Crystal structures and mutational analysis of the arginine-, lysine-, histidine-binding protein ArtJ from Geobacillus stearothermophilus. Implications for interactions of ArtJ with its cognate ATP-binding cassette transporter, Art(MP)2.
ABSTRACT ArtJ is the substrate-binding component (receptor) of the ATP-binding cassette (ABC) transport system ArtJ-(MP)(2) from the thermophilic bacterium Geobacillus stearothermophilus that is specific for arginine, lysine, and histidine. The highest affinity is found for arginine (K(d)=0.039(+/-0.014) microM), while the affinities for lysine and histidine are about tenfold lower. We have determined the X-ray structures of ArtJ liganded with each of these substrates at resolutions of 1.79 A (arginine), 1.79 A (lysine), and 2.35 A (histidine), respectively. As found for other solute receptors, the polypeptide chain is folded into two distinct domains (lobes) connected by a hinge. The interface between the lobes forms the substrate-binding pocket whose geometry is well preserved in all three ArtJ/amino acid complexes. Structure-derived mutational analyses indicated the crucial role of a region in the carboxy-terminal lobe of ArtJ in contacting the transport pore Art(MP)(2) and revealed the functional importance of Gln132 and Trp68. While variant Gln132Leu exhibited lower binding affinity for arginine but no binding of lysine and histidine, the variant Trp68Leu had lost binding activity for all three substrates. The results are discussed in comparison with known structures of homologous proteins from mesophilic bacteria.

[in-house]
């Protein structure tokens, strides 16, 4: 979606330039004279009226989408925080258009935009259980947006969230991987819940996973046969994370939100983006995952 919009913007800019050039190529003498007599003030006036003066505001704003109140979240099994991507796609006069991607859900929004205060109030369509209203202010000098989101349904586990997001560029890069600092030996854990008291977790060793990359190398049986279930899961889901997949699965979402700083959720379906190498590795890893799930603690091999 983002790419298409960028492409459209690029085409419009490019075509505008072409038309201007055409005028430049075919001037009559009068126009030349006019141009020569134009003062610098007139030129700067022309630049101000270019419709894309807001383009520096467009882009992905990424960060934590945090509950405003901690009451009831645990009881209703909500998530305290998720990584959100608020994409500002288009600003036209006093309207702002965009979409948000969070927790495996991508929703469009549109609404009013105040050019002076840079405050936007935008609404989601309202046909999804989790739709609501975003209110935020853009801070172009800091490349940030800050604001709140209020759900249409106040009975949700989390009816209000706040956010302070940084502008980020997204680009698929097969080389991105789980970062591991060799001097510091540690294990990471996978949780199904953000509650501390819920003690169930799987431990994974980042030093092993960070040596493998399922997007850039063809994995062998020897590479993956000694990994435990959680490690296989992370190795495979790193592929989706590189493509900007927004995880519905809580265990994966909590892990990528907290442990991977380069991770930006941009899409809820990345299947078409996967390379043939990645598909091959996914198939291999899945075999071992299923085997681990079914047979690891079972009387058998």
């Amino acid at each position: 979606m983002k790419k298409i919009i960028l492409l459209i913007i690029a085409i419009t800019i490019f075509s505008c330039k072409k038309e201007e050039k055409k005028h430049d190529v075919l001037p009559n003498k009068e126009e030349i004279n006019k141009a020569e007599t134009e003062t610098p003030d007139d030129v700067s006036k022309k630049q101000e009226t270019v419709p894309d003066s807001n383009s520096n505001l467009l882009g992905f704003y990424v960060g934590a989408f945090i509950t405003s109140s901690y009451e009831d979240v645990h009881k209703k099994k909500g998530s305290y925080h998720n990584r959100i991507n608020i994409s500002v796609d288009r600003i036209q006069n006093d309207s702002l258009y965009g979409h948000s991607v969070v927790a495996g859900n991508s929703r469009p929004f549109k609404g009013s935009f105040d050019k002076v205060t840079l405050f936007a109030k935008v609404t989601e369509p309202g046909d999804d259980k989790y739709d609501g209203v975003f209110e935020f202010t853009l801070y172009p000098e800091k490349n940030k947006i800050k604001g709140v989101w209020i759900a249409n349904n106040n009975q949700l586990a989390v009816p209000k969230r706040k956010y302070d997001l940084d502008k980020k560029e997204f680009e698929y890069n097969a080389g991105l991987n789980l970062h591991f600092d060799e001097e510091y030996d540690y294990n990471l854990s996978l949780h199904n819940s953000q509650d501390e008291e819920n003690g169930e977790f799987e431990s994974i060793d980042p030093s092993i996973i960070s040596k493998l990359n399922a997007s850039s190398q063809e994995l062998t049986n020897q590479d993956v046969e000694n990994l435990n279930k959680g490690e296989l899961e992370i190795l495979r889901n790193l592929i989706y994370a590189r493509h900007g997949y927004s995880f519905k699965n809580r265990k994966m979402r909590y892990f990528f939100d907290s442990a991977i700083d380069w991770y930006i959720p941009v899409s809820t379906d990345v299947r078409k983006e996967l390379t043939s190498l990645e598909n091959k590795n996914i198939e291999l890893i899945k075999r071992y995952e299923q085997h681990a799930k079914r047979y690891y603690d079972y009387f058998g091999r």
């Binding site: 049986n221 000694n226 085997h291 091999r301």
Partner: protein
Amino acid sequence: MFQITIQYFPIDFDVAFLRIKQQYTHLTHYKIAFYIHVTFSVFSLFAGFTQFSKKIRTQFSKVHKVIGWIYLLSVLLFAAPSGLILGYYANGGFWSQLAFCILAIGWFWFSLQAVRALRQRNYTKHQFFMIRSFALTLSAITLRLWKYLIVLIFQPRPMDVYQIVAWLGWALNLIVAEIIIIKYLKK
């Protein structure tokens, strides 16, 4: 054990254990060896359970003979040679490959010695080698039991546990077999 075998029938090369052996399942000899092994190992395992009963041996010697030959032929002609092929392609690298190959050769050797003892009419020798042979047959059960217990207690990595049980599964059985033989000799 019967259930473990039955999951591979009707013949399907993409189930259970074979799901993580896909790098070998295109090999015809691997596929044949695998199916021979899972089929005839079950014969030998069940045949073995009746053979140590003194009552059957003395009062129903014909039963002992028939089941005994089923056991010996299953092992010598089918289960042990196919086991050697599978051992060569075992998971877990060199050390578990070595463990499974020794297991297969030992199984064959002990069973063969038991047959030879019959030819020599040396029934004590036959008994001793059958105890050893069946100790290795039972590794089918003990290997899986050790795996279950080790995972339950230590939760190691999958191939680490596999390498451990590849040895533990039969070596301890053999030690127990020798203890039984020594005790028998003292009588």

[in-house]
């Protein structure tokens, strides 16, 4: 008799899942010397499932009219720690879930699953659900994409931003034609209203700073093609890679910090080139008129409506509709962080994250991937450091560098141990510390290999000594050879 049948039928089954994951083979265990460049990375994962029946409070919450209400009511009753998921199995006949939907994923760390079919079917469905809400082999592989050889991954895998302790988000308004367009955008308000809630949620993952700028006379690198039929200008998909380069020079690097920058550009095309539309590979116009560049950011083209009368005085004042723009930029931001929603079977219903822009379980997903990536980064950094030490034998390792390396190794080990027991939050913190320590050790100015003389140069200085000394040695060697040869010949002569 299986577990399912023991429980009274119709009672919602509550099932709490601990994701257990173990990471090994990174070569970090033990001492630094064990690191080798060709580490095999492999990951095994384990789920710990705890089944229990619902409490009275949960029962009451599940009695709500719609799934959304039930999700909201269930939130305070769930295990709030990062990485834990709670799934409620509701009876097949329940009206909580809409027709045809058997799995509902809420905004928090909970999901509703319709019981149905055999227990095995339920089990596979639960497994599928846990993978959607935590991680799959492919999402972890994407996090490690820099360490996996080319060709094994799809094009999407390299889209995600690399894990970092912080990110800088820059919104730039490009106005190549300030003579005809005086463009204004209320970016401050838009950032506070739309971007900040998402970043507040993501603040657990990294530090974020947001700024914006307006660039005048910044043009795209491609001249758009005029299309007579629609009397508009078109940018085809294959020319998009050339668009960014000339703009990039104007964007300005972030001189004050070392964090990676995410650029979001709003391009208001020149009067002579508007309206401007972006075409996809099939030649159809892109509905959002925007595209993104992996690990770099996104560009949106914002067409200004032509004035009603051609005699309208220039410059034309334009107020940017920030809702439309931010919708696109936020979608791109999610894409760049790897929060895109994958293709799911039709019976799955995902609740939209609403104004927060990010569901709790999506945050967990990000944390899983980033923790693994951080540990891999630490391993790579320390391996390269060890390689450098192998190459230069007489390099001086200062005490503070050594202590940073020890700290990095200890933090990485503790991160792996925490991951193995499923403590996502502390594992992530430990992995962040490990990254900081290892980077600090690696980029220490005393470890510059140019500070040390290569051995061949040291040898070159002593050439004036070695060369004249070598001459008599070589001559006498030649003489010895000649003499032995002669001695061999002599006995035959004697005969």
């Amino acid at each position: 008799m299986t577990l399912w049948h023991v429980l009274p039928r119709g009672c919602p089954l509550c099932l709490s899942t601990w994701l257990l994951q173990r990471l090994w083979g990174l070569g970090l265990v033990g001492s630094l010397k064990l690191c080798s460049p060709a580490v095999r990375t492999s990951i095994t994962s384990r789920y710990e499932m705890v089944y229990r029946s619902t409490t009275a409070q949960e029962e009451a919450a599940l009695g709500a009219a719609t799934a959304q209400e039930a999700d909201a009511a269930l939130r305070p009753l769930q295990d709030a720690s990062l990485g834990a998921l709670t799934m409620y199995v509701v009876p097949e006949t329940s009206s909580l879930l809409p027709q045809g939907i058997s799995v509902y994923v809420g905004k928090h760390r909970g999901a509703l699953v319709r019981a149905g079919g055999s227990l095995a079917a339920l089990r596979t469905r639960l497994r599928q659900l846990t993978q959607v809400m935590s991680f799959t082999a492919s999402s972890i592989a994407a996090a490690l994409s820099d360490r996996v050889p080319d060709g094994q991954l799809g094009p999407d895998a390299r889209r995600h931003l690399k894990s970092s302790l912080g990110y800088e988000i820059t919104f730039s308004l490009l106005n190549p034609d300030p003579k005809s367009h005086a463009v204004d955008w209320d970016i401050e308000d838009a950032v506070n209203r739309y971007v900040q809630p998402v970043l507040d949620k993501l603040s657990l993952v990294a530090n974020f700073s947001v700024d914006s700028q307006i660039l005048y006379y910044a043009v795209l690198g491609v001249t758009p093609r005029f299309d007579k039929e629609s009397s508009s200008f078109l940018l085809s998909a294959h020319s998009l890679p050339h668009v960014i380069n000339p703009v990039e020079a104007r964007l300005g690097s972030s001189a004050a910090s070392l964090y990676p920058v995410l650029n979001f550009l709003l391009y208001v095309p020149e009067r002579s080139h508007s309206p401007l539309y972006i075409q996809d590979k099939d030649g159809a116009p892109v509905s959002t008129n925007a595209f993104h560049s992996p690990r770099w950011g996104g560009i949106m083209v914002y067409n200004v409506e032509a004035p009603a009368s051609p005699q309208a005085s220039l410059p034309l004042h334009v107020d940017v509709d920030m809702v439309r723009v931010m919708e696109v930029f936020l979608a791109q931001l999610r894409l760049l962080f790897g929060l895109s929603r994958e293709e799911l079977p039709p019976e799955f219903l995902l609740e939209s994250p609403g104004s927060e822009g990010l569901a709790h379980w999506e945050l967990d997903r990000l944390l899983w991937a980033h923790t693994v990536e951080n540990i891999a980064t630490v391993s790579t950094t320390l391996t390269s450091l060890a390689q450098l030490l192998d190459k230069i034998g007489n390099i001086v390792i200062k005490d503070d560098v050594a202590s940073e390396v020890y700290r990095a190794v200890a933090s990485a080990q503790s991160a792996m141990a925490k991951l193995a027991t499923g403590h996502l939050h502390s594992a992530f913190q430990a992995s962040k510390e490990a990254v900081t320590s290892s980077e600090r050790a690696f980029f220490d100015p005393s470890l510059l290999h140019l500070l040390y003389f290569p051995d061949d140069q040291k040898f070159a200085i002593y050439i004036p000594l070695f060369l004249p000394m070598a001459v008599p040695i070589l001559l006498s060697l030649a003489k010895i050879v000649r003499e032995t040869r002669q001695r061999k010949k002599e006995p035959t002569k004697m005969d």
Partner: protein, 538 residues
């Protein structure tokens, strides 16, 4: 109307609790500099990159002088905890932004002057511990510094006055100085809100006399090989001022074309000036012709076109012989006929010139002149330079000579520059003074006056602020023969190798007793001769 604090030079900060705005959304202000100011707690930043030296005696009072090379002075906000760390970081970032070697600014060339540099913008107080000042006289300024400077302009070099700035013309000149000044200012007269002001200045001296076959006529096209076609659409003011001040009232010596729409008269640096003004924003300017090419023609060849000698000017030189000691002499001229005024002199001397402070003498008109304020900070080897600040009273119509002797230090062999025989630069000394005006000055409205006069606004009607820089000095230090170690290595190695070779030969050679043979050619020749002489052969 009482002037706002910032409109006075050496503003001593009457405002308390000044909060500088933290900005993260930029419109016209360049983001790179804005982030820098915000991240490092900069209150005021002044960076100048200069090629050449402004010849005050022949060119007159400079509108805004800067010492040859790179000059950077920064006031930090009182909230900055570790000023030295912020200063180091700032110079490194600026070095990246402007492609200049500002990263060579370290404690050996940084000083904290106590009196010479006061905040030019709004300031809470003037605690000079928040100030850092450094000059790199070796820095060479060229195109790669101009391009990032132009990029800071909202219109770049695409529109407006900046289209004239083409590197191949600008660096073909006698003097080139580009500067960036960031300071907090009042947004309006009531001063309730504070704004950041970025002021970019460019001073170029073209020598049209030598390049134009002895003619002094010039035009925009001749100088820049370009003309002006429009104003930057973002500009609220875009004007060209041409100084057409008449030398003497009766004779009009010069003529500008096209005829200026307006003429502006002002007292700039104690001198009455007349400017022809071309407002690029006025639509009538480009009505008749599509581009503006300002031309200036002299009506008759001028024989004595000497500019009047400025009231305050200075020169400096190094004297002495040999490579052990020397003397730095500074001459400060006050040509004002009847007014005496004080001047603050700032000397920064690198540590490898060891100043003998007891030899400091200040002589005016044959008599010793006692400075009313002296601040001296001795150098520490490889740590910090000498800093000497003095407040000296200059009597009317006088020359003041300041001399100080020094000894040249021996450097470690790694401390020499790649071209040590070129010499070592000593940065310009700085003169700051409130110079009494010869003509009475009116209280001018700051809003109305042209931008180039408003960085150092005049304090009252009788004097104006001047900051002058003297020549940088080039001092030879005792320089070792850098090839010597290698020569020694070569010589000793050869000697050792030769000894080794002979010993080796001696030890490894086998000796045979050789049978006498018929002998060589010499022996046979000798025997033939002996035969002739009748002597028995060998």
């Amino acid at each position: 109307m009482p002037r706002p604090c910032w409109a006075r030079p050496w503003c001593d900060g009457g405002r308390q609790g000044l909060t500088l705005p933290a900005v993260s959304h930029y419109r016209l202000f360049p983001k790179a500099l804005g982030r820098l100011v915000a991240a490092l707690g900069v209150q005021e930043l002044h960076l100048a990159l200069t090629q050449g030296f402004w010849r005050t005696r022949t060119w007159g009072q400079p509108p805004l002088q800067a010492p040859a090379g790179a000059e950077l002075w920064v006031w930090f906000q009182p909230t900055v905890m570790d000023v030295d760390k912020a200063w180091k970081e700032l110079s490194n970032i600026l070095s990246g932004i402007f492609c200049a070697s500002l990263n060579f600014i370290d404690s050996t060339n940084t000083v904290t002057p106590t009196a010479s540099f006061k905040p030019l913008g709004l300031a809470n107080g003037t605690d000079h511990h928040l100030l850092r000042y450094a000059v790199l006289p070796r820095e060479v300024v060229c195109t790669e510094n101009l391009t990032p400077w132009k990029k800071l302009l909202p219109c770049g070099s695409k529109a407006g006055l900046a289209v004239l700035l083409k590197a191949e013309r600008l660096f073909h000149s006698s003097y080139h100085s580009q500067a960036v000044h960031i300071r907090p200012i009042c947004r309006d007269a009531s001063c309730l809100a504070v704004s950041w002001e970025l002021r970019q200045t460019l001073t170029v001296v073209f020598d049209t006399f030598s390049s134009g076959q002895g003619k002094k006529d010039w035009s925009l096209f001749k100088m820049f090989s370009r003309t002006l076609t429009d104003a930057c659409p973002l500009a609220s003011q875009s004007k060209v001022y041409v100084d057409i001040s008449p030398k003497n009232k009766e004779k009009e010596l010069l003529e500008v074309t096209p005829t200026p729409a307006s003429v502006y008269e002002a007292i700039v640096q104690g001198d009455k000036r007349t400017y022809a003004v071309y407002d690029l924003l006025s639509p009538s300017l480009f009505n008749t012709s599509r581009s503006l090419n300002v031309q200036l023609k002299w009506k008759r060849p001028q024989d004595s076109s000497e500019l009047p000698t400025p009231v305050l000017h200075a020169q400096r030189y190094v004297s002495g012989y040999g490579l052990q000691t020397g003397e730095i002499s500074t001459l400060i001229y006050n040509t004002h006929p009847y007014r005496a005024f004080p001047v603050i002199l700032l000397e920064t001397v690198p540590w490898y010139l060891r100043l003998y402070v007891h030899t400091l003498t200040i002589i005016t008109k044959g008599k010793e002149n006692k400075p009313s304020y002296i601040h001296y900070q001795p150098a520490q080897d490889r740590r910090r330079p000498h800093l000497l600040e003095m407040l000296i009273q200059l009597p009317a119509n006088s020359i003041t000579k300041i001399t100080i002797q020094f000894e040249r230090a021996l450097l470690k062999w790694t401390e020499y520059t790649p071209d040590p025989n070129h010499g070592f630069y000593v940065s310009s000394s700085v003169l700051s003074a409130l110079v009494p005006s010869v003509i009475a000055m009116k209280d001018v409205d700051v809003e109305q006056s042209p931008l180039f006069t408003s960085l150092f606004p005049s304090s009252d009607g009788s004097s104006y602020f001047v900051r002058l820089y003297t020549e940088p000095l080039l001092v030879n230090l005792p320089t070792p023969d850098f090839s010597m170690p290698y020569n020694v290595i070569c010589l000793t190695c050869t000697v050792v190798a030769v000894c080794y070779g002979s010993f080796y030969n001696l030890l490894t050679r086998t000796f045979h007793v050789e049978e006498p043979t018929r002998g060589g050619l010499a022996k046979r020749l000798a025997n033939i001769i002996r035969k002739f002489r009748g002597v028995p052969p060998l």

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ABSTRACT: ABC transporters comprise a large, diverse, and ubiquitous superfamily of membrane active transporters. Their core architecture is a dimer of dimers, comprising two transmembrane (TM) domains that bind substrate, and two ATP-binding cassettes, which use the cell's energy currency to couple substrate translocation to ATP hydrolysis. Despite the availability of over a dozen resolved structures and a wealth of biochemical and biophysical data, this field is bedeviled by controversy and long-standing mechanistic questions remain unresolved. The prevailing paradigm for the ABC transport mechanism is the Switch Model, in which the ATP-binding cassettes dimerize upon binding two ATP molecules, and thence dissociate upon sequential ATP hydrolysis. This cycle of nucleotide-binding domain (NBD) dimerization and dissociation is coupled to a switch between inward- or outward facing conformations of a single TM channel; this alternating access enables substrate binding on one face of the membrane and its release at the other. Notwithstanding widespread acceptance of the Switch Model, there is substantial evidence that the NBDs do not separate very much, if at all, and thus physical separation of the ATP cassettes observed in crystallographic structures may be an artefact. An alternative Constant Contact Model has been proposed, in which ATP hydrolysis occurs alternately at the two ATP-binding sites, with one of the sites remaining closed and containing occluded nucleotide at all times. In this model, the cassettes remain in contact and the active sites swing open in an alternately seesawing motion. Whilst the concept of NBD association/dissociation in the Switch Model is naturally compatible with a single alternating-access channel, the asymmetric functioning proposed by the Constant Contact model suggests an alternating or reciprocating function in the TMDs. Here, a new model for the function of ABC transporters is proposed in which the sequence of ATP binding, hydrolysis, and product release in each active site is directly coupled to the analogous sequence of substrate binding, translocation and release in one of two functionally separate substrate translocation pathways. Each translocation pathway functions 180° out of phase. A wide and diverse selection of data for both ABC importers and exporters is examined, and the ability of the Switch and Reciprocating Models to explain the data is compared and contrasted. This analysis shows that not only can the Reciprocating Model readily explain the data; it also suggests straightforward explanations for the function of a number of atypical ABC transporters. This study represents the most coherent and complete attempt at an all-encompassing scheme to explain how these important proteins work, one that is consistent with sound biochemical and biophysical evidence.Quarterly Reviews of Biophysics 04/2014; · 11.88 Impact Factor